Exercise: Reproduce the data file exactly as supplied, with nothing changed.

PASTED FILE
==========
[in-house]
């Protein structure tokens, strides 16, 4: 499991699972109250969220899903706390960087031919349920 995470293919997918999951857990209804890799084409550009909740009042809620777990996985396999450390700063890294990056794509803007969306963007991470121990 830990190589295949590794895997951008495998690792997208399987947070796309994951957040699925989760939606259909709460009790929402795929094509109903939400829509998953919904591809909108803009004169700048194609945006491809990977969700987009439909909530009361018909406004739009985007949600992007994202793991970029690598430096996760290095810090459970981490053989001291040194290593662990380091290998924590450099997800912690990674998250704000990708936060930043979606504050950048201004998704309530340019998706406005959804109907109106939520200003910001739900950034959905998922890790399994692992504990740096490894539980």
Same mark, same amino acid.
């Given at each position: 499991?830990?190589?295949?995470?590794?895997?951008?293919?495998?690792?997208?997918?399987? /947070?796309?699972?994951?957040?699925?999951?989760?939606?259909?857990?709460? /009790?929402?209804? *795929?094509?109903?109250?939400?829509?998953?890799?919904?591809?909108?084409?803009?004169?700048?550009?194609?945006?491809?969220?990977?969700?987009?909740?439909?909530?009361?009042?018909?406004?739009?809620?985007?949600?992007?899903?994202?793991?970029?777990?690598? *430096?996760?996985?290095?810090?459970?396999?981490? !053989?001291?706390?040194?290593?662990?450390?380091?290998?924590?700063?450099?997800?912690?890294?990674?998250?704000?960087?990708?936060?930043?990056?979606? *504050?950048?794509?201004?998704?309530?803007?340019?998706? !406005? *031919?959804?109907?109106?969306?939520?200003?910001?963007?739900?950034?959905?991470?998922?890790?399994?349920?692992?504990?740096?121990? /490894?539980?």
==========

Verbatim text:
[in-house]
């Protein structure tokens, strides 16, 4: 499991699972109250969220899903706390960087031919349920 995470293919997918999951857990209804890799084409550009909740009042809620777990996985396999450390700063890294990056794509803007969306963007991470121990 830990190589295949590794895997951008495998690792997208399987947070796309994951957040699925989760939606259909709460009790929402795929094509109903939400829509998953919904591809909108803009004169700048194609945006491809990977969700987009439909909530009361018909406004739009985007949600992007994202793991970029690598430096996760290095810090459970981490053989001291040194290593662990380091290998924590450099997800912690990674998250704000990708936060930043979606504050950048201004998704309530340019998706406005959804109907109106939520200003910001739900950034959905998922890790399994692992504990740096490894539980």
Same mark, same amino acid.
């Given at each position: 499991?830990?190589?295949?995470?590794?895997?951008?293919?495998?690792?997208?997918?399987? /947070?796309?699972?994951?957040?699925?999951?989760?939606?259909?857990?709460? /009790?929402?209804? *795929?094509?109903?109250?939400?829509?998953?890799?919904?591809?909108?084409?803009?004169?700048?550009?194609?945006?491809?969220?990977?969700?987009?909740?439909?909530?009361?009042?018909?406004?739009?809620?985007?949600?992007?899903?994202?793991?970029?777990?690598? *430096?996760?996985?290095?810090?459970?396999?981490? !053989?001291?706390?040194?290593?662990?450390?380091?290998?924590?700063?450099?997800?912690?890294?990674?998250?704000?960087?990708?936060?930043?990056?979606? *504050?950048?794509?201004?998704?309530?803007?340019?998706? !406005? *031919?959804?109907?109106?969306?939520?200003?910001?963007?739900?950034?959905?991470?998922?890790?399994?349920?692992?504990?740096?121990? /490894?539980?």